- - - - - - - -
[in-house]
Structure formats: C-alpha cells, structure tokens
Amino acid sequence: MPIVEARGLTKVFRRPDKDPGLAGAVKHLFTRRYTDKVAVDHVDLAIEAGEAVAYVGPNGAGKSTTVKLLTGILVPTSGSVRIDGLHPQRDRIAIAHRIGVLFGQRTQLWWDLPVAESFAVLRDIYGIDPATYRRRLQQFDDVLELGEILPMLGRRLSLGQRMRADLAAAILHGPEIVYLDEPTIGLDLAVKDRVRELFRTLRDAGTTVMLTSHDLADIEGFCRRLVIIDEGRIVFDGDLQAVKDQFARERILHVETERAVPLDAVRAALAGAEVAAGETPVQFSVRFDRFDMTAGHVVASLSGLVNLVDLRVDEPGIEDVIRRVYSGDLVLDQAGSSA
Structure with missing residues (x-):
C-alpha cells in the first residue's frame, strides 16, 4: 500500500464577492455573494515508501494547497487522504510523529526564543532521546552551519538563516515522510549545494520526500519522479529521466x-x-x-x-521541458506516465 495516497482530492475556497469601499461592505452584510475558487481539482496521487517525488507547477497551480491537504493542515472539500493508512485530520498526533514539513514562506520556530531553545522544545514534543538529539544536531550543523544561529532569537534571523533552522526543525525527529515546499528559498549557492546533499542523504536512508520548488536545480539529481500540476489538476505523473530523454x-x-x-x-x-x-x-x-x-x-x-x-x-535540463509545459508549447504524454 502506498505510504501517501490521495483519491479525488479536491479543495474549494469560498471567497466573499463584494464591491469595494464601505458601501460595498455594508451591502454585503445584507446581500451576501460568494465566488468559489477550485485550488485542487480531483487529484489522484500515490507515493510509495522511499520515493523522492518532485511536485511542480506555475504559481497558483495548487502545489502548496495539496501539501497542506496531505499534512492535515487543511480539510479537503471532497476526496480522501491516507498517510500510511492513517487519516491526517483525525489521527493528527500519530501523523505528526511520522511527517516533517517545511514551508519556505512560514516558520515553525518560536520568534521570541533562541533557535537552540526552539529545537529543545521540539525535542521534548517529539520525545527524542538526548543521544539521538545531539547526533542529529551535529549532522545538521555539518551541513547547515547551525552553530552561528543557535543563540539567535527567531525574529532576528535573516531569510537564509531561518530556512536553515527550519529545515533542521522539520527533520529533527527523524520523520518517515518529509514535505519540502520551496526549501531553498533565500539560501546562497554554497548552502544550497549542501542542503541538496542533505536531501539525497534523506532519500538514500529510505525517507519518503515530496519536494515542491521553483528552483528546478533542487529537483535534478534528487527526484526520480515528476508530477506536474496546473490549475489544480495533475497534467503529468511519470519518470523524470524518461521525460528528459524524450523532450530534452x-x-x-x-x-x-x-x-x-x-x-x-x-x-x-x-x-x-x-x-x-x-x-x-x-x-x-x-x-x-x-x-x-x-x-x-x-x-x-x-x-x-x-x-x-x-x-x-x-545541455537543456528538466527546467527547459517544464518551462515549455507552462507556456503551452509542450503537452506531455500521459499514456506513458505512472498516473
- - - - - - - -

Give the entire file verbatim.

[in-house]
Structure formats: C-alpha cells, structure tokens
Amino acid sequence: MPIVEARGLTKVFRRPDKDPGLAGAVKHLFTRRYTDKVAVDHVDLAIEAGEAVAYVGPNGAGKSTTVKLLTGILVPTSGSVRIDGLHPQRDRIAIAHRIGVLFGQRTQLWWDLPVAESFAVLRDIYGIDPATYRRRLQQFDDVLELGEILPMLGRRLSLGQRMRADLAAAILHGPEIVYLDEPTIGLDLAVKDRVRELFRTLRDAGTTVMLTSHDLADIEGFCRRLVIIDEGRIVFDGDLQAVKDQFARERILHVETERAVPLDAVRAALAGAEVAAGETPVQFSVRFDRFDMTAGHVVASLSGLVNLVDLRVDEPGIEDVIRRVYSGDLVLDQAGSSA
Structure with missing residues (x-):
C-alpha cells in the first residue's frame, strides 16, 4: 500500500464577492455573494515508501494547497487522504510523529526564543532521546552551519538563516515522510549545494520526500519522479529521466x-x-x-x-521541458506516465 495516497482530492475556497469601499461592505452584510475558487481539482496521487517525488507547477497551480491537504493542515472539500493508512485530520498526533514539513514562506520556530531553545522544545514534543538529539544536531550543523544561529532569537534571523533552522526543525525527529515546499528559498549557492546533499542523504536512508520548488536545480539529481500540476489538476505523473530523454x-x-x-x-x-x-x-x-x-x-x-x-x-535540463509545459508549447504524454 502506498505510504501517501490521495483519491479525488479536491479543495474549494469560498471567497466573499463584494464591491469595494464601505458601501460595498455594508451591502454585503445584507446581500451576501460568494465566488468559489477550485485550488485542487480531483487529484489522484500515490507515493510509495522511499520515493523522492518532485511536485511542480506555475504559481497558483495548487502545489502548496495539496501539501497542506496531505499534512492535515487543511480539510479537503471532497476526496480522501491516507498517510500510511492513517487519516491526517483525525489521527493528527500519530501523523505528526511520522511527517516533517517545511514551508519556505512560514516558520515553525518560536520568534521570541533562541533557535537552540526552539529545537529543545521540539525535542521534548517529539520525545527524542538526548543521544539521538545531539547526533542529529551535529549532522545538521555539518551541513547547515547551525552553530552561528543557535543563540539567535527567531525574529532576528535573516531569510537564509531561518530556512536553515527550519529545515533542521522539520527533520529533527527523524520523520518517515518529509514535505519540502520551496526549501531553498533565500539560501546562497554554497548552502544550497549542501542542503541538496542533505536531501539525497534523506532519500538514500529510505525517507519518503515530496519536494515542491521553483528552483528546478533542487529537483535534478534528487527526484526520480515528476508530477506536474496546473490549475489544480495533475497534467503529468511519470519518470523524470524518461521525460528528459524524450523532450530534452x-x-x-x-x-x-x-x-x-x-x-x-x-x-x-x-x-x-x-x-x-x-x-x-x-x-x-x-x-x-x-x-x-x-x-x-x-x-x-x-x-x-x-x-x-x-x-x-x-545541455537543456528538466527546467527547459517544464518551462515549455507552462507556456503551452509542450503537452506531455500521459499514456506513458505512472498516473